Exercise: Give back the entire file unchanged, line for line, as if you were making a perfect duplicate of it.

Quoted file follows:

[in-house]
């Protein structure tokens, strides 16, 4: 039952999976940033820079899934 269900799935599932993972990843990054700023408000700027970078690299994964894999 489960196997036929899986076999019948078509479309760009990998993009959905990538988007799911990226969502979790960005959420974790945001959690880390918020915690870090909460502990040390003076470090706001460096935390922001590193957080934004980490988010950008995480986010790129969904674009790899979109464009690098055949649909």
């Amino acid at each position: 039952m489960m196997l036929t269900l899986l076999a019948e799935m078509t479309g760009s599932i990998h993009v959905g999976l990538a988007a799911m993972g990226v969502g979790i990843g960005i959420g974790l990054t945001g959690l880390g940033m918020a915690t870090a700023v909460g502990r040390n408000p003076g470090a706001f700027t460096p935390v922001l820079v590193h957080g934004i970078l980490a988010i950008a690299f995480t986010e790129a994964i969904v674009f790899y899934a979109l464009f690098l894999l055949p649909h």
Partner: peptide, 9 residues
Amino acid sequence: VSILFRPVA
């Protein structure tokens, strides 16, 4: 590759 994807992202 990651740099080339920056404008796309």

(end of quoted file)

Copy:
[in-house]
């Protein structure tokens, strides 16, 4: 039952999976940033820079899934 269900799935599932993972990843990054700023408000700027970078690299994964894999 489960196997036929899986076999019948078509479309760009990998993009959905990538988007799911990226969502979790960005959420974790945001959690880390918020915690870090909460502990040390003076470090706001460096935390922001590193957080934004980490988010950008995480986010790129969904674009790899979109464009690098055949649909």
């Amino acid at each position: 039952m489960m196997l036929t269900l899986l076999a019948e799935m078509t479309g760009s599932i990998h993009v959905g999976l990538a988007a799911m993972g990226v969502g979790i990843g960005i959420g974790l990054t945001g959690l880390g940033m918020a915690t870090a700023v909460g502990r040390n408000p003076g470090a706001f700027t460096p935390v922001l820079v590193h957080g934004i970078l980490a988010i950008a690299f995480t986010e790129a994964i969904v674009f790899y899934a979109l464009f690098l894999l055949p649909h």
Partner: peptide, 9 residues
Amino acid sequence: VSILFRPVA
């Protein structure tokens, strides 16, 4: 590759 994807992202 990651740099080339920056404008796309």